We’ve been talking a lot about intra-African trade, commerce, and geopolitics, and there have been promises for all of this to happen. It is very easy for Europeans and Americans to travel to African countries, but Africans can’t travel within Africa, and we are talking about driving intra-African free trade. Trade within Africa is so low, that less than 10 percent of Africans trade within themselves.
Some people say it’s a conspiracy by wealthy nations to keep us divided from one another, but I don’t believe that. I think it is the problem of the elitist leadership we have in Africa; we need people who can get these things done and make things happen.
How can African governments attract foreign investment to develop their energy infrastructure while ensuring the benefits are shared equitably among their citizens?
African governments need to create an attractive fiscal framework that helps attract investors from around the world and do what they have to do.
The fiscal framework must include a positive regulatory environment; it has to be so that you can create regulatory certainty, and fiscal stability, and give them the confidence that when they are in the country, some general or power station is not going to walk in and take over the project.
Once that is done and investors are assured, the financing flows in. African leaders need to leave business to private entities and focus on creating an enabling environment for businesses to thrive, which could lead to more jobs, taxes, and what have you.
African Energy Week is approaching. Could you provide an overview of the event’s main goals and objectives, and how it contributes to the advancement of Africa’s energy sector?
First of all, we are going to have a just energy transition concert this year to involve the youth in making energy poverty a thing of the past. We have Nigeria’s Ruger and Chike and are looking to bring in more artists from across Africa.
AEC wants to bring more young people into the energy space. It can’t be a game for people 50 and older, but it’s got to be one where we look at young people under 30 coming in and playing too. We’ve created that space for them to thrive and drive bigger ideas/projects.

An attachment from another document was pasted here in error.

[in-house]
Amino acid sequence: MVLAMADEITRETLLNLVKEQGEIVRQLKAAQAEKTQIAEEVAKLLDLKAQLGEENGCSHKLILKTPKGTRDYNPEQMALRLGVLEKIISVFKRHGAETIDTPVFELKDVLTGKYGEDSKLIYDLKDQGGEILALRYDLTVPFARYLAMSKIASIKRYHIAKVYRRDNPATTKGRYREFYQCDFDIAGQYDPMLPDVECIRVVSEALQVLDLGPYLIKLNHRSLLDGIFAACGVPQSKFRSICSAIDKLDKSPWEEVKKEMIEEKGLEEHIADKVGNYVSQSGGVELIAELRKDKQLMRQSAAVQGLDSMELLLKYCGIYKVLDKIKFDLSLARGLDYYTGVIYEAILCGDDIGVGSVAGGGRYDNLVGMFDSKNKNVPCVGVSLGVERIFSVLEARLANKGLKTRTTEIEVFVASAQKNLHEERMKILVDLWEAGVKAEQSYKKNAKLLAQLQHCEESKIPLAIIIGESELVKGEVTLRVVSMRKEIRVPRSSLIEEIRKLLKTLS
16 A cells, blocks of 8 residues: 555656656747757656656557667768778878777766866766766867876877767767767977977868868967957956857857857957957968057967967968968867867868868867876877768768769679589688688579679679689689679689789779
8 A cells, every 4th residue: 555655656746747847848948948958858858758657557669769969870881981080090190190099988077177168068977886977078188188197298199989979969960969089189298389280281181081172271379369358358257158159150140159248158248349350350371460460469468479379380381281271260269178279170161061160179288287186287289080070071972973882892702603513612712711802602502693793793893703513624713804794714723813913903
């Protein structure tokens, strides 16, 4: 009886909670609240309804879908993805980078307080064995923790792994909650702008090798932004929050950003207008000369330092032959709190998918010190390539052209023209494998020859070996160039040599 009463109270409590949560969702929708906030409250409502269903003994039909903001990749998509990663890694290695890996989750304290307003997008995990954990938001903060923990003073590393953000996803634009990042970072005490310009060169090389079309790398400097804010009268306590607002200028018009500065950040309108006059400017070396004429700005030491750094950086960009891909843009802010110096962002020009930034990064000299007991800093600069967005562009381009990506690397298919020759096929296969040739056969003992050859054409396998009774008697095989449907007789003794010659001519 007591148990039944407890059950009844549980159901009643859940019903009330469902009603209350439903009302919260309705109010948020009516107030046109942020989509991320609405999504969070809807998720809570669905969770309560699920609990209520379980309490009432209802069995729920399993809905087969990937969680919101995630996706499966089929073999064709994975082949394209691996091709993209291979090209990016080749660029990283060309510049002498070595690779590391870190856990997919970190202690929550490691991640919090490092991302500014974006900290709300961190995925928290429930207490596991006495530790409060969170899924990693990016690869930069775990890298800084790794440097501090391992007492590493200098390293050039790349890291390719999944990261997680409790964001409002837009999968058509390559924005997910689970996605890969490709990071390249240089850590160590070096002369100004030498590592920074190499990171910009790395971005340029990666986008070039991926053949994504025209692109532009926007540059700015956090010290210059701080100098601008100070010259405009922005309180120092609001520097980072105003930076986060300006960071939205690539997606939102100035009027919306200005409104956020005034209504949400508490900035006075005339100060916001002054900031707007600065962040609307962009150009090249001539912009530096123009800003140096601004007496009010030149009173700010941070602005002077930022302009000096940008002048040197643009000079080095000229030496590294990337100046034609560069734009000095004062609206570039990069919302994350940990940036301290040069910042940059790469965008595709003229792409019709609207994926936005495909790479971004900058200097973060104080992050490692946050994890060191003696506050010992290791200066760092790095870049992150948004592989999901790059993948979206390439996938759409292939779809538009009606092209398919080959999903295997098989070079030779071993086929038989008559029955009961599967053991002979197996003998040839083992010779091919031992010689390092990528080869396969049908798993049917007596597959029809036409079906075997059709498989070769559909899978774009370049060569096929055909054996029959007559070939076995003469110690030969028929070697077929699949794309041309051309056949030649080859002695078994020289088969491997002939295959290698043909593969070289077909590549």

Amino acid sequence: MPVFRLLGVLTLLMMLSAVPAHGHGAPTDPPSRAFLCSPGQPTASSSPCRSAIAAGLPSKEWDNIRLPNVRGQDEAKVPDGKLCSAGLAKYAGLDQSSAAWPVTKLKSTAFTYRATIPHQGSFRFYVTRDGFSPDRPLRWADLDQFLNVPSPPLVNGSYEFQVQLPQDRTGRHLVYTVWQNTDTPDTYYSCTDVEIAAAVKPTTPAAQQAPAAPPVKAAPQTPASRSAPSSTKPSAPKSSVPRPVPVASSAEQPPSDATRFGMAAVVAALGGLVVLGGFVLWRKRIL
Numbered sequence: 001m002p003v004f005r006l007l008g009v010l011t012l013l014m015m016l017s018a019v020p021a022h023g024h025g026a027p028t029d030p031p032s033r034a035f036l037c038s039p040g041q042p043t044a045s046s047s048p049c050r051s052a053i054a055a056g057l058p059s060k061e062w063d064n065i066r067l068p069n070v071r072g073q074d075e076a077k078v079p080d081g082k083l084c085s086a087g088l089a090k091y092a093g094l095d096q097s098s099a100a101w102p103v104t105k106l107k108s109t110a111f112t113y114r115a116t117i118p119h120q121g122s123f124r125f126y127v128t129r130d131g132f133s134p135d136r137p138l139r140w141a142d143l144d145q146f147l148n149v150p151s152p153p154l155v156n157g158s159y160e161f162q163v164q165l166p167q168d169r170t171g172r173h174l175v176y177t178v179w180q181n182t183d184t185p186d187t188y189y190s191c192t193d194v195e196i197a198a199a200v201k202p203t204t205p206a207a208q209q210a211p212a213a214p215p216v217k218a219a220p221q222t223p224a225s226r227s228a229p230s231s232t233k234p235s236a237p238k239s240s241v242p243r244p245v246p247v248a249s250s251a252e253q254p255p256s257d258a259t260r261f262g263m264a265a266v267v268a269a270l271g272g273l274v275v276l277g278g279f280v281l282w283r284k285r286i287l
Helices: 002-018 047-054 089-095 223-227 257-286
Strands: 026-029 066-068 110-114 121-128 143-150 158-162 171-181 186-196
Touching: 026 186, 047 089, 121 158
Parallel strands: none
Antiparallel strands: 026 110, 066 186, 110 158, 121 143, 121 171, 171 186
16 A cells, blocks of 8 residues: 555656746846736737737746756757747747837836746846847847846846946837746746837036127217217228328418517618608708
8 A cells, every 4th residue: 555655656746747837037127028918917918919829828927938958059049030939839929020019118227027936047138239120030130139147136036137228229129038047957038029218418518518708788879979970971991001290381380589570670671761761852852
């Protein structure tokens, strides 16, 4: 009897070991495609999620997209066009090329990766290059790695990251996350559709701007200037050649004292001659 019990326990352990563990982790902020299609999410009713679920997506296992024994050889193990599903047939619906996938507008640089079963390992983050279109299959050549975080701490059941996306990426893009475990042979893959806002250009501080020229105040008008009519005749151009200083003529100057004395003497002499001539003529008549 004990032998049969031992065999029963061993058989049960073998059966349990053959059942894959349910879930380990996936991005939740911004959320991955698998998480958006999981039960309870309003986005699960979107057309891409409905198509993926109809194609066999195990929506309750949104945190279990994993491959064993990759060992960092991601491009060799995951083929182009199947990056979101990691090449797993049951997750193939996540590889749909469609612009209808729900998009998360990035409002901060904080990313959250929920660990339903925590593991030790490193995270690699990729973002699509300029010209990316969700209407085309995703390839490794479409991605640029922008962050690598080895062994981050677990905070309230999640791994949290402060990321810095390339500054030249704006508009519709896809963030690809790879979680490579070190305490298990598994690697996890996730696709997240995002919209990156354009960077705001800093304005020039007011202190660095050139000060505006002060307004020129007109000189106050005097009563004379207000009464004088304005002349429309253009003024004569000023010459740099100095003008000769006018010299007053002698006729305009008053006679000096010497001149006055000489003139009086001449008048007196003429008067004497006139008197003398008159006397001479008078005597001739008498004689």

Last year, African Energy Week was able to put together $25 billion of investments going into African energy projects. We want to do even more this year; our goal is to get at least $43 to $44 billion in investments going out across Africa. We think it is impactful to get investors from all around the world to sit at the table, deliberate, and sign deals.
Also, discussions are going to be about everything: oil, gas, coal, renewables, and green hydrogen. We’ve got to bring everyone together to discuss these issues rather than just focusing on solar and wind. It’s an energy mix, and we will discuss all kinds of energies, but we want to give Africans a voice; the world has to listen to what Africans have to say.
But bigger than that, we are going to have a united front going into COP 28. We will have an African agenda, position, and policy and that’s what the chamber has been working through year-round. We’re going to make sure that every African Minister of Petroleum, African Minister of Power, African Minister of Environment, and more young Africans goes into COP 28. Let’s do business, let’s get deals done.
What key themes and topics will be addressed during African Energy Week, and how do they align with the current challenges and opportunities in the African energy landscape?
Energy security is going to be the focal point of the event. We want to ensure that we can provide energy to all Africans, making energy poverty a thing of the past. Drill, Africa, drill; it is a must. But we also want to look at the sustainable development of those energy resources in Africa, financing Africa’s energy growth and industrialization.
Very important, and lastly, in beating the resource curse, we see new nations like Namibia, Mozambique, Senegal, and Mauritania that are starting to come into the oil and natural gas space. We want to be able to sit down with them and ensure that they don’t make the mistakes that Congo, Equatorial Guinea, Nigeria, or Angola have made in the past. We’re going to sign deals, and we’re going to do it better, and bigger for and by Africans.